The rate will go up swiftly by accepting the RQT (relative quantum topological) function approach to physics. It is the informative combination of the relativistic Einstein-Lorenz transform functions for time, mass, and energy with the workon quantized electromagnetic wave equations for frequency and wavelength.
This system builds the atomic model as a picoyoctometric 3D animated video data point image by taking the nucleus as radiating forcons with valid joule values by {e=m(c^2)} transform of the nucleoplastic surface layer’s mass to a spectrum of force fields. The equation is written as the series expansion differential of possible nucleoplastic transformation rates, with quantum symmetry numbers assigned along the progression to give topology to the solutions. Psi pulsates by cycles of nuclear emission and absorption of force at the frequency {Nhu=e/h}. This process is limited only by spacetime boundaries of {Gravity < -> Time}, making the GT integral atomic topological function.
Next, when the atom’s internal momentum function is rearranged to the photon gain rule and integrated for GT limits a series of 26 waveparticle functions is found. Each is the picoyoctometric 3D topological function of a type of energy intermedon of the 5/2 kT J internal heat capacity energy cloud, accounting for all of them. Those 26 energy values intersect the sizes of the fundamental physical constants: h, h-bar, delta, nuclear magneton, beta magneton, k (series). The result is the exact picoyoctometric, 3D, interactive video atomic model imaging function, responsive to keyboard input of virtual photon gain events by quantized, relativistic shifts of electron, energy, and force fields.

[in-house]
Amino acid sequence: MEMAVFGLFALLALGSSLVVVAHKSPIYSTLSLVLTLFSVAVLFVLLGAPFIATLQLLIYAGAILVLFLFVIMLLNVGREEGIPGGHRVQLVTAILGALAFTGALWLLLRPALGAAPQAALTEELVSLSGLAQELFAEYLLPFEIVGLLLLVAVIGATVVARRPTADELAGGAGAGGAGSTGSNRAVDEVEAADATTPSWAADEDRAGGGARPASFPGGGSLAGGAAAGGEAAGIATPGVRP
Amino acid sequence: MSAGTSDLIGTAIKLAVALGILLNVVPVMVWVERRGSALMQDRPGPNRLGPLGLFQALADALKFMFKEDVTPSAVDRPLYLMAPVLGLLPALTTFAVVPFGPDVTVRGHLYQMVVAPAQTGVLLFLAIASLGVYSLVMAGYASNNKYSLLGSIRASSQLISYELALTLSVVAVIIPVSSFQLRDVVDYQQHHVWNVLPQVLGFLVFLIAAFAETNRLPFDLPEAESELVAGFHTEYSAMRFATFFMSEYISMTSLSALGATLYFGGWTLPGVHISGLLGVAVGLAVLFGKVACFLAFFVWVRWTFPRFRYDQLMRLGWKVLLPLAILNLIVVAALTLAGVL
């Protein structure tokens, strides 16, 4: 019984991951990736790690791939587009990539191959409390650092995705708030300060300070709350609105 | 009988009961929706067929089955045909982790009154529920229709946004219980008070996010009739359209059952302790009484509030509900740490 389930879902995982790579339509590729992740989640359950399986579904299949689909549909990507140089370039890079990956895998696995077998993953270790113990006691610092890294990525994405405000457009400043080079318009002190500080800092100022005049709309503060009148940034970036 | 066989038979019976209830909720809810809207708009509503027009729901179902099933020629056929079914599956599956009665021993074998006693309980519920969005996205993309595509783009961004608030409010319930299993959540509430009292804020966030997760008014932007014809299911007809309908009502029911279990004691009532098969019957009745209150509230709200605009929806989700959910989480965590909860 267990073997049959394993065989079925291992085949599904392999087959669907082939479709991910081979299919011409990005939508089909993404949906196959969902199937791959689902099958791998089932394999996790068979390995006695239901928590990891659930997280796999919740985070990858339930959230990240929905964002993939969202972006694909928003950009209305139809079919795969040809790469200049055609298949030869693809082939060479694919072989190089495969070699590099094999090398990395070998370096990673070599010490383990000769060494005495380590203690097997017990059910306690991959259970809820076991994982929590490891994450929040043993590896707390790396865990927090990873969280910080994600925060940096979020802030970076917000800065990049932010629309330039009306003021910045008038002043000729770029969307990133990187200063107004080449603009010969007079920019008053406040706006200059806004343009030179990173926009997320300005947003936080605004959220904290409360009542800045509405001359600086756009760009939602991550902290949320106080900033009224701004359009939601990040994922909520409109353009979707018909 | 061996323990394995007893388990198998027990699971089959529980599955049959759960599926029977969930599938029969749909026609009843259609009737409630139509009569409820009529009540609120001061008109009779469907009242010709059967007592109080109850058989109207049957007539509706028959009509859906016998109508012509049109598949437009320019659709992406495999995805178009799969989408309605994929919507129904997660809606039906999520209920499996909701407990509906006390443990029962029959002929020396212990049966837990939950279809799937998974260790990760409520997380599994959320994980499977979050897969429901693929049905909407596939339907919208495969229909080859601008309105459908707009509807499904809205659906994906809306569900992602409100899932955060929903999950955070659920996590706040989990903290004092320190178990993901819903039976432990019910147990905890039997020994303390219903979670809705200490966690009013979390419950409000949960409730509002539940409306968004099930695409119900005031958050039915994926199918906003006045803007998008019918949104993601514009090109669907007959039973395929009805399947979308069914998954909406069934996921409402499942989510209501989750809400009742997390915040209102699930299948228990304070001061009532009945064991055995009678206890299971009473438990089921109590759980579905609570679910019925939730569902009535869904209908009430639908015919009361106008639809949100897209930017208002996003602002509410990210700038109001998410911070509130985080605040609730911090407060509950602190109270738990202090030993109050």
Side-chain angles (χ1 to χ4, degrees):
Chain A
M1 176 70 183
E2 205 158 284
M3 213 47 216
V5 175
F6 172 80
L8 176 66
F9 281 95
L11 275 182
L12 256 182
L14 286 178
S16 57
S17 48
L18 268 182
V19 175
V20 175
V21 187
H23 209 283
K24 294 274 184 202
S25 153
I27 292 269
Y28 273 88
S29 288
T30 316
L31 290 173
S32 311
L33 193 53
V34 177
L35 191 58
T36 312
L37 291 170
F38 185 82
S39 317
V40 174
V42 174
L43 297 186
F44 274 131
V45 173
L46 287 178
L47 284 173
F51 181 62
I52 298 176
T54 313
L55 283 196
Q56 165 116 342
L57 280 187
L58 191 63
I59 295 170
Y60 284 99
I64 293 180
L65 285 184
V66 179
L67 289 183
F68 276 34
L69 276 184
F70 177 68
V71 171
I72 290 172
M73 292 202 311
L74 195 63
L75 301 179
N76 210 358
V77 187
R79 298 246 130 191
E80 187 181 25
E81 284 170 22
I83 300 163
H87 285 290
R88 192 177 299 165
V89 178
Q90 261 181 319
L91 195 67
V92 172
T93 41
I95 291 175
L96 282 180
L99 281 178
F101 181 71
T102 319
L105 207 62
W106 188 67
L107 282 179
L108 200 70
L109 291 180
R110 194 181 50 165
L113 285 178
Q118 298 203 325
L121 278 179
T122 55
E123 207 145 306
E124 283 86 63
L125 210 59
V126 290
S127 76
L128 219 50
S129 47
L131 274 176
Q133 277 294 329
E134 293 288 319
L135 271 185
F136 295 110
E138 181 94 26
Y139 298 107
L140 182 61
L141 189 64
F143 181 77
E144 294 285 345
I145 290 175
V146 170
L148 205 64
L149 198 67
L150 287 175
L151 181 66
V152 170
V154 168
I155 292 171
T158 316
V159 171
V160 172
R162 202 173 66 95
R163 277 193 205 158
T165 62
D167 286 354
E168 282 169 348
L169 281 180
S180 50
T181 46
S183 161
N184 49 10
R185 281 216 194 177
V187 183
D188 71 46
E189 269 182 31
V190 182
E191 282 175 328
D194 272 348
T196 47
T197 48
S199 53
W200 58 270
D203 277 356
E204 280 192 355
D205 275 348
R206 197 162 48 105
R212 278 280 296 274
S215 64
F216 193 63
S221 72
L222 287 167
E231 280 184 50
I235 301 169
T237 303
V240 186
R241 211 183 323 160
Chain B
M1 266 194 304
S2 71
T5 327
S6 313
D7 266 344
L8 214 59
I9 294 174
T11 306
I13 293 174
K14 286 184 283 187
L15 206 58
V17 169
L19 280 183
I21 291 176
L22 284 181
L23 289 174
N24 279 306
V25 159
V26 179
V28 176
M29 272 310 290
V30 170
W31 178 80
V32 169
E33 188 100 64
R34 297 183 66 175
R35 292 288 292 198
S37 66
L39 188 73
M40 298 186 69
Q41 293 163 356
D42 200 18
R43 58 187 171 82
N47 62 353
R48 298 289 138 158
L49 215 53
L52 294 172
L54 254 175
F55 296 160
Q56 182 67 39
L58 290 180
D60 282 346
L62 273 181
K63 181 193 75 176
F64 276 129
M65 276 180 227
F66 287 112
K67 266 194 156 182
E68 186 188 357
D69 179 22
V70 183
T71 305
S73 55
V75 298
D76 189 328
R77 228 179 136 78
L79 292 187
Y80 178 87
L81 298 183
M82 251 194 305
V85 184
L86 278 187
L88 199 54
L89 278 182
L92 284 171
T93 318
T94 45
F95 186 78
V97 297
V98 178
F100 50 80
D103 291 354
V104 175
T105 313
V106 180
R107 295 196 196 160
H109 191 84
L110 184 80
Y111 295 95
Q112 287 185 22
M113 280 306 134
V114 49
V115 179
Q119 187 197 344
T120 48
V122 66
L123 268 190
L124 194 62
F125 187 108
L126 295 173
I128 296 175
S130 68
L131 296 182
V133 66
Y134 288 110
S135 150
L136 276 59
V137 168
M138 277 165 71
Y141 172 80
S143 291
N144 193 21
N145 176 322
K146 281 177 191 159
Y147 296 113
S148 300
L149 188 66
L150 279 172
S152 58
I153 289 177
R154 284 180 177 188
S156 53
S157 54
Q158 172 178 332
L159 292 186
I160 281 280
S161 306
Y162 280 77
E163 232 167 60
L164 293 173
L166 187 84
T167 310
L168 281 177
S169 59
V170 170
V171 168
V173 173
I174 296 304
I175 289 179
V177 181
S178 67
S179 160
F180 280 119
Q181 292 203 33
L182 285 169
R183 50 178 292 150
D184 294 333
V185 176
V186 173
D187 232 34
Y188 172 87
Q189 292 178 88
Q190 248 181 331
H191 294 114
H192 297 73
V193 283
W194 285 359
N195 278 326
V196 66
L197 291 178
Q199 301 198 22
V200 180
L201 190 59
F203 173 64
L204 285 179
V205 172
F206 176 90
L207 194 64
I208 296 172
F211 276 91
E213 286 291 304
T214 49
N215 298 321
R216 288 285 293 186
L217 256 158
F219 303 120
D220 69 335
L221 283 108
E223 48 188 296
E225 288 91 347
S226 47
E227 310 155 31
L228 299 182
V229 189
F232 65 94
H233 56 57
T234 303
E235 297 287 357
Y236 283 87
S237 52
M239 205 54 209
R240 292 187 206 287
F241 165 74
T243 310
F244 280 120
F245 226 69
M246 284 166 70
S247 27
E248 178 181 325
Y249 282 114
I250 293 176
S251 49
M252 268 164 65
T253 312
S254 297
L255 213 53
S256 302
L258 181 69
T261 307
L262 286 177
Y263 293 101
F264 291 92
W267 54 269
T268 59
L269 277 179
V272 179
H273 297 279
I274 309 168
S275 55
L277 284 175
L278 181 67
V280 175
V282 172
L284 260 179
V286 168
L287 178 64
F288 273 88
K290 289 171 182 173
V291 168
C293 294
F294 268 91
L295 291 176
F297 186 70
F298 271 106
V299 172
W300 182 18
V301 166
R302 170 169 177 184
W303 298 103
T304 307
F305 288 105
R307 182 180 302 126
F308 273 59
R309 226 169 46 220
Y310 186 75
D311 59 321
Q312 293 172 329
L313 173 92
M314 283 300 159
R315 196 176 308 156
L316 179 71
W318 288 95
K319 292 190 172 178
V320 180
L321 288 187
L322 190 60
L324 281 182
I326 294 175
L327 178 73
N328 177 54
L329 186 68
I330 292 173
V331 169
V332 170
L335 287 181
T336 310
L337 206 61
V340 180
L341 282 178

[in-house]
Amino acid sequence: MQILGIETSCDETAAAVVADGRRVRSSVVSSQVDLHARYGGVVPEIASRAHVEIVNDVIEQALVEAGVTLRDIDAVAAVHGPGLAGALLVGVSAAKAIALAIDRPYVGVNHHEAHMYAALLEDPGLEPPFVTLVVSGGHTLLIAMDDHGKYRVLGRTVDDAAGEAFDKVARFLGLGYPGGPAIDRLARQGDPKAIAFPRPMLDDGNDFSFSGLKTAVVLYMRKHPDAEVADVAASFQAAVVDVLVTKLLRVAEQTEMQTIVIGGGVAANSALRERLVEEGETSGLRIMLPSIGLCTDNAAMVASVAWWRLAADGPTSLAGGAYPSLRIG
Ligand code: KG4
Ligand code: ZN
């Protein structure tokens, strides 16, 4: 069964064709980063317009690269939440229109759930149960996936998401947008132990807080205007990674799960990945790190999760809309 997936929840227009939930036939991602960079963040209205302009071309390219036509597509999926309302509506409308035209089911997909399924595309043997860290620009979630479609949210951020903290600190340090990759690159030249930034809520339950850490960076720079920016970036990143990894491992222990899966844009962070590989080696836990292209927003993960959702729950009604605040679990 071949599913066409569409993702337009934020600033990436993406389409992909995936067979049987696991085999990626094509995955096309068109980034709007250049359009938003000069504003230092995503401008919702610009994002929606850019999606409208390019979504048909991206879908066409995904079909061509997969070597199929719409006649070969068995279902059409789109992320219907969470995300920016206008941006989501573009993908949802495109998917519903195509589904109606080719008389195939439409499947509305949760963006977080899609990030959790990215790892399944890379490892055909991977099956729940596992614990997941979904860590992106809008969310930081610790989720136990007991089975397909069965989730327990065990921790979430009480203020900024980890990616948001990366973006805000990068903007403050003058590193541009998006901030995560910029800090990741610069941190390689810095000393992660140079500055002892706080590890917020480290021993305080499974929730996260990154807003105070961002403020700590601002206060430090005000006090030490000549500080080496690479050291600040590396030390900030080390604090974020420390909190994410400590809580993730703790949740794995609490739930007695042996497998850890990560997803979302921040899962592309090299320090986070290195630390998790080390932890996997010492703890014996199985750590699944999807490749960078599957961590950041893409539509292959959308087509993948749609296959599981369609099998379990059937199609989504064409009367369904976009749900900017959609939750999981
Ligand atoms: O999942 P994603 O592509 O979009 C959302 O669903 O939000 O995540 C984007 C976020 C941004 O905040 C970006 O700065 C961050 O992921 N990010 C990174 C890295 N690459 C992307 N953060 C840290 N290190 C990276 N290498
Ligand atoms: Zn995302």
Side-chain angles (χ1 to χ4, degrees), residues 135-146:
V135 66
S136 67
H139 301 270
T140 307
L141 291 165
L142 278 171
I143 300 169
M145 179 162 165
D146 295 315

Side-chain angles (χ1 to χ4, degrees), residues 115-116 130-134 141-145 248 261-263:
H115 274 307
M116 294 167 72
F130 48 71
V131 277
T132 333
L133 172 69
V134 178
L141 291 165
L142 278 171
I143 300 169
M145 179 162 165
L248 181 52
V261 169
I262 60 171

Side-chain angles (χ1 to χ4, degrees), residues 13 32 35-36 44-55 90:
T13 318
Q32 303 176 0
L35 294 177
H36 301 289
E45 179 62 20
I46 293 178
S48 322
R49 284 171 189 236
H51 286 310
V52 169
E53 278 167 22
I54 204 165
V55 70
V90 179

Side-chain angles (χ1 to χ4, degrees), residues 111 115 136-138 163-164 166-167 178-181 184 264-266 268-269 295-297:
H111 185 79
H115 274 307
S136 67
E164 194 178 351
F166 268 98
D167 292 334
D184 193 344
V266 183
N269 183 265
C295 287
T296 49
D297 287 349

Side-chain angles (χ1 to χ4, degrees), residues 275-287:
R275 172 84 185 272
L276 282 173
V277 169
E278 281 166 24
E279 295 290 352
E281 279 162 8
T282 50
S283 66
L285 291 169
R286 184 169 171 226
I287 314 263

The RQT method certainly leads the way toward nanotechnical progress, and beyond, with it’s clear electron images and abundant RQT modes of intense, accurate data productivity.
Images of the h-bar magnetic energy waveparticle of ~175 picoyoctometers are available online with the complete RQT atomic modeling manual titled The Crystalon Door. TCD conforms to the unopposed motion of disclosure in U.S. District (NM) Court of 04/02/2001 titled The Solution to the Equation of Schrodinger, U.S. copyright TXu1-266-788.

16. #16 Dale B. Ritter, B.A.
September 15, 2009

The RQT functions, and that atomic modeling manual The Crystalon Door, are online at http://www.symmecon.com, with details of new, picoyocto technical video modeling physics at http://www.symmecon.com/GUPPP.aspx.

17. #17 Michael Varney
September 15, 2009

Wow Matt, you must be becoming famous, as cranks like Dale B. Ritter,B.A. are posting to your site! π
Have you started getting crank letters in the mail?
I still have my first official one framed and on my desk. The rest are landfill.

18. #18 frost
September 23, 2009

It appears that neither the blog author nor commenters have read Kurzweil’s book.